Mortality Lessons From Black Death Skeletons
the MPR take:
While the Black Death killed 30-to-50% of the European population in the 14th Century, little is known about post-epidemic improvements on survival and mortality in the population. Nearly 600 skeletons of individuals from varying socioeconomic status levels who died pre- and post-Black Death were studied for the research published online in PLOS ONE. Older adults were more likely to die during the Black Death compared to younger individuals; those who were in poor health (regardless of age) prior to the epidemic had a greater risk of mortality as well. Those who did survive and their descendants appeared to have enjoyed a 200-year period where mortality and survival improved overall, compared to the pre-Black Death population, due to heightened immune responses or reduced disease susceptibility.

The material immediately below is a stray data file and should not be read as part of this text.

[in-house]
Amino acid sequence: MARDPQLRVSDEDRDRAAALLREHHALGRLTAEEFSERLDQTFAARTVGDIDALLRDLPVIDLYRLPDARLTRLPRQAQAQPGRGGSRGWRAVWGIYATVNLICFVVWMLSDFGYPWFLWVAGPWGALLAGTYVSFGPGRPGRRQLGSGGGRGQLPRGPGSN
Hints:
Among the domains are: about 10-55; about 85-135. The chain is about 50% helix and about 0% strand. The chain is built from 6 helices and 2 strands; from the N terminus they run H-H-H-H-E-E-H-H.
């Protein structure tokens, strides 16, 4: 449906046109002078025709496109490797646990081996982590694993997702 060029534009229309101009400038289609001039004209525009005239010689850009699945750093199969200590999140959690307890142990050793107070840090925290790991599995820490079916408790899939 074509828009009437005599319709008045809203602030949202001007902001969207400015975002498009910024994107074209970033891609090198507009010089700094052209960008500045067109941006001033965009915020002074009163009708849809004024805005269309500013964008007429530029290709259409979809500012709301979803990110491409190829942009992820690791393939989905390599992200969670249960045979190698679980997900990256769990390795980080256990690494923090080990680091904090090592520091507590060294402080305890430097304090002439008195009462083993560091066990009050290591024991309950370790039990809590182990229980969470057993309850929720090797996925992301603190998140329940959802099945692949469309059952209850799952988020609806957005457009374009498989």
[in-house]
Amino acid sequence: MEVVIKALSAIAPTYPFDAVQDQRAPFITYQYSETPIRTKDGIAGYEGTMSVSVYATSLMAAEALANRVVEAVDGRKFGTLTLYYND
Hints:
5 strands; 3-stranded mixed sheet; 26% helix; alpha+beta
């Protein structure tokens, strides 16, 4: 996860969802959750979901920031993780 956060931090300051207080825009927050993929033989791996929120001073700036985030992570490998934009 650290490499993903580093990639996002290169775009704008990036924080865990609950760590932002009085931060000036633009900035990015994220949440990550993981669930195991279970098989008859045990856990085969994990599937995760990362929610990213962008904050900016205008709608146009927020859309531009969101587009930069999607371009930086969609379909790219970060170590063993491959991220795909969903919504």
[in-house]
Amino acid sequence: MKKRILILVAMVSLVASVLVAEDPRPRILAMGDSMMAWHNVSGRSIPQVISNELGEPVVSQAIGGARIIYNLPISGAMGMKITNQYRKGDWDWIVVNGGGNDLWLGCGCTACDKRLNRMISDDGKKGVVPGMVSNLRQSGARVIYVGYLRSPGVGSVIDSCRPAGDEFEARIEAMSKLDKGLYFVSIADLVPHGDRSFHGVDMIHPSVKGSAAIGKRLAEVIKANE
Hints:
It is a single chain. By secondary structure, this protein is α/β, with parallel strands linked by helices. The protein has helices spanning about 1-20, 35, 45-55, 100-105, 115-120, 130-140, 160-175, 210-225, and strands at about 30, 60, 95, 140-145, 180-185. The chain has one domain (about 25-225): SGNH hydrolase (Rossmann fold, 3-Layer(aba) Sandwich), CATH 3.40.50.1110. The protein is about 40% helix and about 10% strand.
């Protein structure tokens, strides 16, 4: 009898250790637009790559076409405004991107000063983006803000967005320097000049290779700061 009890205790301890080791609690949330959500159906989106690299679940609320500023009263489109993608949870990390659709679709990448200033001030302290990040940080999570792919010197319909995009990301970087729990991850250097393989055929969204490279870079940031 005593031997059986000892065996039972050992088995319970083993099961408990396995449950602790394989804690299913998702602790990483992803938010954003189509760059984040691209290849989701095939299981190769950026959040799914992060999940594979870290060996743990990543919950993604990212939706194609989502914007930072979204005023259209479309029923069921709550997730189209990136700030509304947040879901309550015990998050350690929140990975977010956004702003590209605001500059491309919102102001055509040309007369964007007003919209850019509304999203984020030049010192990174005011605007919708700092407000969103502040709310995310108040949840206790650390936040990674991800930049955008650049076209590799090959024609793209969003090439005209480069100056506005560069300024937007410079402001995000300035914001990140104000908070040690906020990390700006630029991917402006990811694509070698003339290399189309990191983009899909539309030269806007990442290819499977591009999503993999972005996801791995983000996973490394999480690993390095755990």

The medieval Black Death led to better health for future generations, according to an analysis of skeletons in London cemeteries. Tens of millions of people died in the epidemic, but their descendants lived longer and had better health than ever before, a study shows. But survivors benefited ...
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